• Post author:
  • Post category:Uncategorized

EXECUTIVE SUITE (director: Robert Wise; screenwriters: Ernest Lehman/based on the novel by Cameron Hawley; cinematographer: George Folsey; editor: Ralph Winters; cast: William Holden (McDonald Walling), June Allyson (Mary Blemond Walling), Barbara Stanwyck (Julia O. Treadway), Fredric March (Loren Phineas Shaw), Walter Pidgeon (Frederick Y. Alderson), Shelley Winters (Eva Bardeman), Paul Douglas (Josiah Walter Dudley), Louis Calhern (George Nyle Caswell), Dean Jagger (Jesse Q. Grimm), Nina Foch (Erica Martin), Tim Considine (Mike Walling); Runtime: 105; MPAA Rating: NR; producers: John Houseman/Jud Kinberg; MGM; 1954)
“The dramatics are riveting, though it’s all superficial.”

Reviewed by Dennis Schwartz

Robert Wise (“The Sound of Music “/”The Body Snatcher”/”Blood on the Moon”) helms this entertaining but slick melodrama about intrigue in the boardroom of a big business concern. It’s based on the book by Cameron Hawley and features a crisp screenplay by writer Ernest Lehman in his debut. The all-star cast gets about as much out of the obvious boardroom tale than can be expected.

When 57-year-old Avery Bullard, President of the Tredway Corporation, a highly successful furniture manufacturing concern whose central headquarters is located in New York, suddenly dies of a stroke, it results in a power play between some of his vice presidents on the company’s board to see who will emerge as president. McDonald Walling (William Holden) is the decent young family guy married to the wholesome suburban wife (June Allyson) and with a precious Little League playing son, who is the idealistic designer chief wanting to build a better furniture product but who can also be practical, ambitious and make good speeches promoting himself; Loren Phineas Shaw (Fredric March) is the oily manipulative money-pinching controller, who is the efficiency expert that is favorite to get the presidency due to all his maneuverings to take charge of things but who has enemies because he’s so ruthless and uncaring about anything but the bottom line; Josiah Walter Dudley (Paul Douglas) is the weakling sales manager who doesn’t want to make waves and wants only to be popular, but the married man is being blackmailed for his vote by Shaw because he has a love nest with his secretary Eva (Shelley Winters); George Nyle Caswell (Louis Calhern) is the high roller who sold the stock short upon the boss’s death only to find the stock went up and he doesn’t have the liquid assets to pay his broker and is now beholden to Shaw to get him out of this mess; Frederick Y. Alderson (Walter Pidgeon) is the tired senior vice president who was Bullard’s best friend, but doesn’t have what it takes to be top dog; and Jesse Q. Grimm (Dean Jagger) is the old-fashioned production head old-timer who doesn’t like any of the new hotshots and is about to retire. Ms. Julia O. Treadway (Barbara Stanwyck), the company’s biggest stockholder, is the disenchanted daughter of the company founder and the ex-lover of Bullard. She could never reconcile that even though Bullard saved the company after her father’s suicide and was there for her when she had a nervous breakdown, that he could not devote himself fully to her needs. Julia now wishes to divest her interest in the company and doesn’t care about the company to the point that she has allowed Shaw to vote for her through proxy.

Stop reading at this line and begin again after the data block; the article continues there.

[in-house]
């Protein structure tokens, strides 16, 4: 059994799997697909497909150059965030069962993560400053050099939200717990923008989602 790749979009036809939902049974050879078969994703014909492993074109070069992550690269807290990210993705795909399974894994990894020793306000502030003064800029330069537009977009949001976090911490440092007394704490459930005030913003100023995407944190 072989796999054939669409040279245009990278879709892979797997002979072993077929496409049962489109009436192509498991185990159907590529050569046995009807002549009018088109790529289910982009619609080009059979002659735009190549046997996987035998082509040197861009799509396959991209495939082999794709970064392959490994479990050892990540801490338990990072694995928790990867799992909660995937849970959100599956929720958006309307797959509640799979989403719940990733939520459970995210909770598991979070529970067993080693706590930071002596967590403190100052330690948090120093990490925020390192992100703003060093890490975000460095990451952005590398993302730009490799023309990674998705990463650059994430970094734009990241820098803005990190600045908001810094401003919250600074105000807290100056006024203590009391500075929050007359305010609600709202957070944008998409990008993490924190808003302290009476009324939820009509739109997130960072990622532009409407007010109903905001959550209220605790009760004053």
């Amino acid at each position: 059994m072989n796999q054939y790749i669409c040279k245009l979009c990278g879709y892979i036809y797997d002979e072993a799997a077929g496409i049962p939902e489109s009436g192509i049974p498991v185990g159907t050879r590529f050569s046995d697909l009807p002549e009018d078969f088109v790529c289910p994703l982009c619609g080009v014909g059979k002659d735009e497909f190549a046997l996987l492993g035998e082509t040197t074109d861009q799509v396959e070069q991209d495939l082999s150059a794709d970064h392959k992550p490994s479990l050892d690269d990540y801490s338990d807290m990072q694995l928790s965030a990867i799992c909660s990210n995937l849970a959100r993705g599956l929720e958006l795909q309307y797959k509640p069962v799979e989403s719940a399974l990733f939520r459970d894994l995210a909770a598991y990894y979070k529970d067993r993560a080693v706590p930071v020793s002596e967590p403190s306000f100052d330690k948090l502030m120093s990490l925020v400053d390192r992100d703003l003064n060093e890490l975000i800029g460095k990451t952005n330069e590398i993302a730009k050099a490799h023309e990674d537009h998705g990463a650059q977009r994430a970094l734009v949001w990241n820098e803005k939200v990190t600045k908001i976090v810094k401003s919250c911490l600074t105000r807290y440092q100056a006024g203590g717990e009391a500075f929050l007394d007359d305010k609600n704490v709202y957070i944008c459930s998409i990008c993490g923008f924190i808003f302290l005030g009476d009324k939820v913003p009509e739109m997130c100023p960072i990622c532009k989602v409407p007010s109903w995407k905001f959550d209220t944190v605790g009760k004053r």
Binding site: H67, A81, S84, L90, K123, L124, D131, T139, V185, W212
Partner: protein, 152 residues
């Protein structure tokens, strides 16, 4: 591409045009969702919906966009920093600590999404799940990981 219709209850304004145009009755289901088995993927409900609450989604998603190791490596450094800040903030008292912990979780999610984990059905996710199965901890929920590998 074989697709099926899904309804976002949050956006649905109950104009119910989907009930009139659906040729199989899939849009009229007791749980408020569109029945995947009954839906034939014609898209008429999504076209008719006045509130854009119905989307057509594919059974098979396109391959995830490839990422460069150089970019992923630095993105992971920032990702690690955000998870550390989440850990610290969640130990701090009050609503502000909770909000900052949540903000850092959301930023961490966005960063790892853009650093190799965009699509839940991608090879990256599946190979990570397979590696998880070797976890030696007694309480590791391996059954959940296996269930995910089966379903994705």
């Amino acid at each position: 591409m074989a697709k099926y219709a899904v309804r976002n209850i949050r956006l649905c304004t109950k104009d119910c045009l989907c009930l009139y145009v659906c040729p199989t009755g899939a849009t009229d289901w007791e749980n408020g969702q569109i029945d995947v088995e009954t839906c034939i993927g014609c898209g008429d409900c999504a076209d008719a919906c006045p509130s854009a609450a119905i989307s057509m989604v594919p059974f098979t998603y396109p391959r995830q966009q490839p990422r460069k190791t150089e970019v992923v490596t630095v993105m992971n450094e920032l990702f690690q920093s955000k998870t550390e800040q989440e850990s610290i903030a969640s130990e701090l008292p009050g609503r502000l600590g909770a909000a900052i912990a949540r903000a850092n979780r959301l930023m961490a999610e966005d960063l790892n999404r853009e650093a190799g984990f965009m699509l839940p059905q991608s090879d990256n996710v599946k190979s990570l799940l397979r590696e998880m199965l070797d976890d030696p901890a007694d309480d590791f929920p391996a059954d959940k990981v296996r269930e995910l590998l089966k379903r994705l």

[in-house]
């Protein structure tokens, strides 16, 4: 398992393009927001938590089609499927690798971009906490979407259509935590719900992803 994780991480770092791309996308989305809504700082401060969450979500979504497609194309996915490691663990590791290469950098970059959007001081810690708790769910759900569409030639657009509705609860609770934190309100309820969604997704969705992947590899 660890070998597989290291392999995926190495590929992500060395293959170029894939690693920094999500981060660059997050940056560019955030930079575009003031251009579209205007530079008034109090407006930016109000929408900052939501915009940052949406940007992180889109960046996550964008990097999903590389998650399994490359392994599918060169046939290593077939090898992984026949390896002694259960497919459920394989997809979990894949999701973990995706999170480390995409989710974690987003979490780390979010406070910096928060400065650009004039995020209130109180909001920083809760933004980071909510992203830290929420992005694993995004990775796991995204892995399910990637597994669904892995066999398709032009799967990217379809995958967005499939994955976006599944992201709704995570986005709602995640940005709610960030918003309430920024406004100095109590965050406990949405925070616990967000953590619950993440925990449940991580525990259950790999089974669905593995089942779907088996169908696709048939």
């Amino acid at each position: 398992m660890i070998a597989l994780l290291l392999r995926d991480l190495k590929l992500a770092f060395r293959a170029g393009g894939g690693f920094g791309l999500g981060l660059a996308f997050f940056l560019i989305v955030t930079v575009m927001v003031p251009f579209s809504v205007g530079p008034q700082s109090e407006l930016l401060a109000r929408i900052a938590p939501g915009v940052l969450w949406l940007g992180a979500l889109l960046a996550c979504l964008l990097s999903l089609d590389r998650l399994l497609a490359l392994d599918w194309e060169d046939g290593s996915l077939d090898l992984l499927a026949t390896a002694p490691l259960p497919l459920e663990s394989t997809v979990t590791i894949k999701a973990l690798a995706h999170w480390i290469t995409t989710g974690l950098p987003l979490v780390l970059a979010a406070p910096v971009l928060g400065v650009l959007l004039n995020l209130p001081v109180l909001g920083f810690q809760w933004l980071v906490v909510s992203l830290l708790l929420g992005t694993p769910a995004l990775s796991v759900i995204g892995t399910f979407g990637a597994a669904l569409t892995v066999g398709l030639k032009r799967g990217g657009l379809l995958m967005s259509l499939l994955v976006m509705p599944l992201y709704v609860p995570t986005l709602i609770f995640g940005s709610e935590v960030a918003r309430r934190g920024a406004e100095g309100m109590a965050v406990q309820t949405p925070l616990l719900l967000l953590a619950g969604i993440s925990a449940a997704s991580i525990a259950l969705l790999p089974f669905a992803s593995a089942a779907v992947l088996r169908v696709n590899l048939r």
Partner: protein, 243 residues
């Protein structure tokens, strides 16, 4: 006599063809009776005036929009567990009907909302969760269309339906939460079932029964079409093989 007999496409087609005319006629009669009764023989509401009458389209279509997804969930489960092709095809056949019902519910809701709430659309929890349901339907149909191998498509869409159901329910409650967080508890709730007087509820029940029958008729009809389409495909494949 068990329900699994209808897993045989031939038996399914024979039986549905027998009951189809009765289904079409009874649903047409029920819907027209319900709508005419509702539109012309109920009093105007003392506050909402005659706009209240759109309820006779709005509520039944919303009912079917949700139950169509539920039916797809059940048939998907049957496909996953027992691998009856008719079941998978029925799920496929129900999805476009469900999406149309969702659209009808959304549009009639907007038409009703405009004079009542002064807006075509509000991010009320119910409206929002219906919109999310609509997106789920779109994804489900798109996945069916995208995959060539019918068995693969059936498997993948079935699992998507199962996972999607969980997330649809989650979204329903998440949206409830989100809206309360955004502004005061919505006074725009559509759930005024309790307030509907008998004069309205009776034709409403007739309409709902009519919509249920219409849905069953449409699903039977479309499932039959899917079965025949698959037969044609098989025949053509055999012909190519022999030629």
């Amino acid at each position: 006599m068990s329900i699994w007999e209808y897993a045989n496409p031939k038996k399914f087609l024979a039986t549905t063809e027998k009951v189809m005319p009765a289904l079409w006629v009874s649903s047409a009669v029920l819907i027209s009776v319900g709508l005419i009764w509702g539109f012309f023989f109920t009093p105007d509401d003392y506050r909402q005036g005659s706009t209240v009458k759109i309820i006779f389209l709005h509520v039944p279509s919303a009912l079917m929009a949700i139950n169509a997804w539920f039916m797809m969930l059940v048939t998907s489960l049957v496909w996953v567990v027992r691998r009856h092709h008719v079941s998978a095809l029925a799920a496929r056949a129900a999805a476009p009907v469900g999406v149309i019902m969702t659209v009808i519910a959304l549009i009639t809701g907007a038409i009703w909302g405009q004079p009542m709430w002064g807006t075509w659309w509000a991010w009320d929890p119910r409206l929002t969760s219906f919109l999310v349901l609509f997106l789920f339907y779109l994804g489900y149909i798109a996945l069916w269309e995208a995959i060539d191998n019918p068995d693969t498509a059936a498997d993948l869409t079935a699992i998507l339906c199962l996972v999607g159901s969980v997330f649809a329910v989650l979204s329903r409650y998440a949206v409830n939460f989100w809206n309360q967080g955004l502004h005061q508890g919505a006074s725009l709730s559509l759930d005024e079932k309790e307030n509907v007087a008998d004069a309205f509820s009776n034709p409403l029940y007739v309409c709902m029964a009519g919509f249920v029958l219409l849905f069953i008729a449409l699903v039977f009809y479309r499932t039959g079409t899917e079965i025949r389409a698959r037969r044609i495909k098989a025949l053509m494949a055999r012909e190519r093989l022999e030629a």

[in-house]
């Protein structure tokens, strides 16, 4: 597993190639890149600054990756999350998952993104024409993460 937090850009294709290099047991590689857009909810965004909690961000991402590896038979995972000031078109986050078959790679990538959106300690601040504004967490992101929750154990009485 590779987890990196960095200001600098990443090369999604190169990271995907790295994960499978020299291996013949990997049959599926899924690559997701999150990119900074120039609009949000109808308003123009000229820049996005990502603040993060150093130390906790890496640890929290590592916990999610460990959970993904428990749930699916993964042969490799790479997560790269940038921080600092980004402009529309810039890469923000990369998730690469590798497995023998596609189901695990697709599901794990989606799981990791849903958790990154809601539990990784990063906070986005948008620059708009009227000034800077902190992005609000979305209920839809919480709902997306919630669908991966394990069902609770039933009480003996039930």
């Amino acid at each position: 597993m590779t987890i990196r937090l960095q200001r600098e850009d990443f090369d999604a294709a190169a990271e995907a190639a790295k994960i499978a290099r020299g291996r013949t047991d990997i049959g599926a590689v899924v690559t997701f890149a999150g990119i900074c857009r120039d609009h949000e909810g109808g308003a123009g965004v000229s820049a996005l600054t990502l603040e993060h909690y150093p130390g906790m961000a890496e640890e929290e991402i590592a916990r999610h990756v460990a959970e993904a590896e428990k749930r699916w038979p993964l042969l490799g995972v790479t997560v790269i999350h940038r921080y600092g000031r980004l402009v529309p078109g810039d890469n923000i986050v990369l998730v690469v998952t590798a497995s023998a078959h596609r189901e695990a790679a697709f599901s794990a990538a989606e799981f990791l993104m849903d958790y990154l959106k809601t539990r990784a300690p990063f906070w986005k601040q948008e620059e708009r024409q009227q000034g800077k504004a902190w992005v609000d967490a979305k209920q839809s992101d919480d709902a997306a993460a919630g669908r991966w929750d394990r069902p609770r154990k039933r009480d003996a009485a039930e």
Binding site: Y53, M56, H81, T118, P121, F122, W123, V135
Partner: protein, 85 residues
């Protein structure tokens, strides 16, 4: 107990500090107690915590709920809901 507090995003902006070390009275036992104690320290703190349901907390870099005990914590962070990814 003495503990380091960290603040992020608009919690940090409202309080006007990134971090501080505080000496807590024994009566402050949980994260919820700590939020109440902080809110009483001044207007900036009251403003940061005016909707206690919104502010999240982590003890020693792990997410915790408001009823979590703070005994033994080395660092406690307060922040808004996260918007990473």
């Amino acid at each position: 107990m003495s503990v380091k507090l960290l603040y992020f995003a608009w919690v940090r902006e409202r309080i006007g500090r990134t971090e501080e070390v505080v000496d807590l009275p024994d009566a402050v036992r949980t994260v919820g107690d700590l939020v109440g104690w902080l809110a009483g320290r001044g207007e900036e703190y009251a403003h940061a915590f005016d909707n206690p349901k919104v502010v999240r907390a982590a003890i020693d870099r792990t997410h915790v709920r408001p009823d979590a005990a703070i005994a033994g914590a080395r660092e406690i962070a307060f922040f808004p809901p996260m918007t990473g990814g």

To be company president, one needs four votes from these seven board members. Erica Martin (Nina Foch) is the loyal executive secretary to Bullard, who counts the ballots and shows the greatest outpouring of grief over the boss’s death than anyone else in the boardroom.

It turns out to be a battle between Walling and Shaw for the presidency, as the slight story has the two-dimensional executives back-stabbing each other and jockeying for power with various insider moves–though the viewer is led to believe that Walling is the man most suited for the job because he’s less smarmy, the most energized and preaches togetherness. The dramatics are riveting, though it’s all superficial with no particular point made or corporate secret let out of the bag .


Dennis Schwartz: “Ozus’ World Movie Reviews”